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Evaporation and recondensation of volatiles in planetesimals

Angrites are meteorites that come from asteroids representing the first differentiated bodies in the Solar System. These meteorites make it possible to trace the origins of the terrestrial planets, in particular the way in which each planet was depleted of volatile elements in relation to the Sun. In a study published this December 25 in the journal PNAS, a team of cosmochemists from the IPGP have analysed minute quantities of Rubidium, a volatile metal, in angrite samples and show that their composition is the result of a complete evaporation process, when the asteroid was molten during a phase known as a magma ocean, followed by a recondensation of a fraction of these elements.

Evaporation and recondensation of volatiles in planetesimals

Publication date: 27/12/2023

Press, Research

Related themes : Origines

It has long been observed that the inner solar system, which includes the terrestrial planets as well as the Moon and the asteroid belt, has a chemical composition that is depleted in volatile elements compared with the average composition of the solar system, as measured by the analysis of primitive samples such as Ivuna-type carbonaceous chondrites (CIs) or the Ryugu sample brought back by the Hayabusa 2 mission.

Recent developments in isotopic tracers suggest that this depletion is linked to the loss of these elements through evaporation during the formation of the first planetary bodies, the planetesimals, which then assembled to form planets like the Earth.

To better understand this process, scientists are focusing on a very specific type of meteorite: angrites. These meteorites, formed more than 4.5 billion years ago, are derived from the most volatile-depleted planetesimals in the Solar System and are therefore prime samples for studying the formation of volatile-poor rocky planets. But their exceptionally low volatile content represents a major analytical challenge that instrumental and analytical developments are just beginning to address.

To trace the history and mechanisms of this depletion, a team of cosmochemists from the IPGP has developed a new method for analysing the isotopic signatures of two volatile alkaline elements, potassium and rubidium, with very high precision, using a plasma source mass spectrometer equipped with a collision cell. Their results are published in two studies, the second of which has just been published in the journal Proceedings of the National Academy of Science (PNAS).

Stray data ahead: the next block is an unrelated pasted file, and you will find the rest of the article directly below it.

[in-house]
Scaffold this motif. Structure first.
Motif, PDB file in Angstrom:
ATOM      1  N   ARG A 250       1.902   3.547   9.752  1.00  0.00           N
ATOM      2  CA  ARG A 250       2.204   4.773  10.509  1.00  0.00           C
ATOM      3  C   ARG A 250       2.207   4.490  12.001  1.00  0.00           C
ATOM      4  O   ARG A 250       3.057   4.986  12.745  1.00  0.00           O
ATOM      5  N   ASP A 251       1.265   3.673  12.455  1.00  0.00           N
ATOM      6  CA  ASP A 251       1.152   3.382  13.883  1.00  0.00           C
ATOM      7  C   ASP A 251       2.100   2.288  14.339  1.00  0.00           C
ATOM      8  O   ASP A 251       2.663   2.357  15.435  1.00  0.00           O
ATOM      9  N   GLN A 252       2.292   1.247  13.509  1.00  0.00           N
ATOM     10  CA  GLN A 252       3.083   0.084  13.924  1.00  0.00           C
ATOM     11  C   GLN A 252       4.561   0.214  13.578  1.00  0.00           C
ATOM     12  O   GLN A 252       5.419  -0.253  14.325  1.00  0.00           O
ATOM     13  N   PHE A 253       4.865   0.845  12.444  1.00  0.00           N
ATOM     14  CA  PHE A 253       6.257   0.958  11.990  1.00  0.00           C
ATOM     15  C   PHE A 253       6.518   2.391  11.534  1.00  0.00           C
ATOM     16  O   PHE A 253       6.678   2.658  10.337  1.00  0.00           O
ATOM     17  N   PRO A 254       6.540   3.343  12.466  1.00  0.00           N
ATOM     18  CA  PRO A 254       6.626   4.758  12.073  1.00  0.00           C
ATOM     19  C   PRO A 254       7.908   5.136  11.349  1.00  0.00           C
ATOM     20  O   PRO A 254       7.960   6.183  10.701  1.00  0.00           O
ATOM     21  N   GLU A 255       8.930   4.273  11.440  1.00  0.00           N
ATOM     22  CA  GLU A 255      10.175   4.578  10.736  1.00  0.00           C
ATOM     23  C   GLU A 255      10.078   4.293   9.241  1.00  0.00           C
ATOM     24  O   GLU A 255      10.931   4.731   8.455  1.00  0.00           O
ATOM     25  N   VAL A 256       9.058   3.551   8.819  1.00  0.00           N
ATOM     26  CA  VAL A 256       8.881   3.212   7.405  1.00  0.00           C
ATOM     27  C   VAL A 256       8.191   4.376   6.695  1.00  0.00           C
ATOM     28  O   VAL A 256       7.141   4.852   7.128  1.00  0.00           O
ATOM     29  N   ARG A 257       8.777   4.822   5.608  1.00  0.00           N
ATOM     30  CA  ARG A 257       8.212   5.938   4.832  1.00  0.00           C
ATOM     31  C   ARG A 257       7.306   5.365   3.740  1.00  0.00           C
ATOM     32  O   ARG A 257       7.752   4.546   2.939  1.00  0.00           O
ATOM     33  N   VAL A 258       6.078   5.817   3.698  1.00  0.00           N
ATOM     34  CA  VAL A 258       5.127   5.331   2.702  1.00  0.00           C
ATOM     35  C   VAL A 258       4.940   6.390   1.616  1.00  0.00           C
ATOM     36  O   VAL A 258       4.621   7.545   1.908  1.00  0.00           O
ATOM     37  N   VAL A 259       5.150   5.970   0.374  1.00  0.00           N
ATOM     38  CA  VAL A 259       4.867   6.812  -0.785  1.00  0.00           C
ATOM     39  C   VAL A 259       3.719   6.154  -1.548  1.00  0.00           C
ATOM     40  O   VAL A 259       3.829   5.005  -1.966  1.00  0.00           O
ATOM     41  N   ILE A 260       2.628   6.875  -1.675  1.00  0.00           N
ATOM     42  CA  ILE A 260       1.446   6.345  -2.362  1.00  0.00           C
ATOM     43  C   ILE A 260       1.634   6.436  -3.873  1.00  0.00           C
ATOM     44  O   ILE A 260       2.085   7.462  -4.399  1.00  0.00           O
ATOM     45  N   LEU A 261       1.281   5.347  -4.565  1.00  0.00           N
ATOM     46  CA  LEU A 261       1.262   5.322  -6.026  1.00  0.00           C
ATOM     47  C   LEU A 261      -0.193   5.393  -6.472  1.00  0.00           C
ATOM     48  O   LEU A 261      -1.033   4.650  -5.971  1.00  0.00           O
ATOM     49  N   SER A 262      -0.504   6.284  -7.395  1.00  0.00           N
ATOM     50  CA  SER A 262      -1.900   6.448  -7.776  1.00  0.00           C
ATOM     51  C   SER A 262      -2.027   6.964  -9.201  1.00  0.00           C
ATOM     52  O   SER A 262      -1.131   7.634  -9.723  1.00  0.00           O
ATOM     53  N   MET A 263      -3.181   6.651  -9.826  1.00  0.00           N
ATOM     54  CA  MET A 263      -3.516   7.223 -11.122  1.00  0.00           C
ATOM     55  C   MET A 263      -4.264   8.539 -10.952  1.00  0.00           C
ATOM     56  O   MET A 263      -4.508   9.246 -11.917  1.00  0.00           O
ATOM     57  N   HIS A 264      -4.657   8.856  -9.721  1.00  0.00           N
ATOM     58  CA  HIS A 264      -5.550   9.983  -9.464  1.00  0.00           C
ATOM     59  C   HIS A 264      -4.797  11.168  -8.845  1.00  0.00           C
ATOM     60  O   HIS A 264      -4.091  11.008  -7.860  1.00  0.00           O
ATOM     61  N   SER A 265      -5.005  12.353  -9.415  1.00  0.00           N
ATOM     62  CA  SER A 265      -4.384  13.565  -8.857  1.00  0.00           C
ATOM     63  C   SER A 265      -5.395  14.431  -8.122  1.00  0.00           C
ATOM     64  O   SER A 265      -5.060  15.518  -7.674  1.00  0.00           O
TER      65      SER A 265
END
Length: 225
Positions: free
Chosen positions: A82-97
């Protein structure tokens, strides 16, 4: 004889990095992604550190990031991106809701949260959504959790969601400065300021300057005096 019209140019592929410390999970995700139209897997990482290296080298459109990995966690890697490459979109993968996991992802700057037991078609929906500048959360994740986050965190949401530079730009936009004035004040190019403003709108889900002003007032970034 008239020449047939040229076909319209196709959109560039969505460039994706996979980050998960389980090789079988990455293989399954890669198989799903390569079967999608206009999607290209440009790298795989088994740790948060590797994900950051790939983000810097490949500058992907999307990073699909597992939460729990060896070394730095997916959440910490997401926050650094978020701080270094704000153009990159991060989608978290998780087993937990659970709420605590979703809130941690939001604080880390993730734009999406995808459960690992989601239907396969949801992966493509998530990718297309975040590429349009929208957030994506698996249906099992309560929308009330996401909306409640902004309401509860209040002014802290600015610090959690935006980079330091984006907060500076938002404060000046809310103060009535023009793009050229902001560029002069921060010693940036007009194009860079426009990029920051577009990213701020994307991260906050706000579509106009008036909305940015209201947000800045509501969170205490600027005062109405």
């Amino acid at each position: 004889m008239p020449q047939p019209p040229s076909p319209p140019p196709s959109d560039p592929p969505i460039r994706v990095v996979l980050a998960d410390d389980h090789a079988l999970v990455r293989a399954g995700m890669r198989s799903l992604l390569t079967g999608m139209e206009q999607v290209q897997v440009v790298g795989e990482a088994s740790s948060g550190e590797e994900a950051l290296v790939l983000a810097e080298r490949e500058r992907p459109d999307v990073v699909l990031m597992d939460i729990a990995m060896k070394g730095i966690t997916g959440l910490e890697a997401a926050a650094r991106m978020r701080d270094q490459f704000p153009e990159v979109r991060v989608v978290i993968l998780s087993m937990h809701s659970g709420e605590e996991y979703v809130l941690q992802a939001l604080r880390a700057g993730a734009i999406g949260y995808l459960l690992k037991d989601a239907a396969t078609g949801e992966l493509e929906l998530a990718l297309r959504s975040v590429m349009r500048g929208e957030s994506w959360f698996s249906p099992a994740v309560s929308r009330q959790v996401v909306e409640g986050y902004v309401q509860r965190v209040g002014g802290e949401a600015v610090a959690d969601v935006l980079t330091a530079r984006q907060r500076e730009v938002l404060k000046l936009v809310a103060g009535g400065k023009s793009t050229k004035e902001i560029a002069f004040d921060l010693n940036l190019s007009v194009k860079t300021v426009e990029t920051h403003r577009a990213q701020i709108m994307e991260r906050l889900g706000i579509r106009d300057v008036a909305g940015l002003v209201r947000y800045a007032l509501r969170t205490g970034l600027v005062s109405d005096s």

The samples analysed show that the angrites are enriched in light isotopes of rubidium (Rb) and potassium (K). Although this result is the opposite of what was expected and predicted by an evaporation loss model, the researchers propose that this enrichment in light isotopes reflects a phenomenon of recondensation of a fraction of the volatiles following total evaporation; the kinetics of the reaction favouring the lightest isotopes.

These data therefore indicate that these primordial planetesimals may well have lost all their volatiles by evaporation during their formation, a priori during a magma ocean phase, but a tiny fraction of this vapour would then have recondensed, opening the way to new interpretations of the distribution of volatile elements during planetary formation processes.

References

  • Wang, B., Moynier, F. & Hu, Y., Rubidium isotopic compositions of angrites controlled by extensive evaporation and partial recondensation, PNAS, Vol. 121, https://doi.org/10.1073/pnas.2311402121
  • Hu, Y., Moynier, F. & Bizzarro, M., Potassium isotope heterogeneity in the early Solar System controlled by extensive evaporation and partial recondensation. Nat Commun 13, 7669, https://doi.org/10.1038/s41467-022-35362-7
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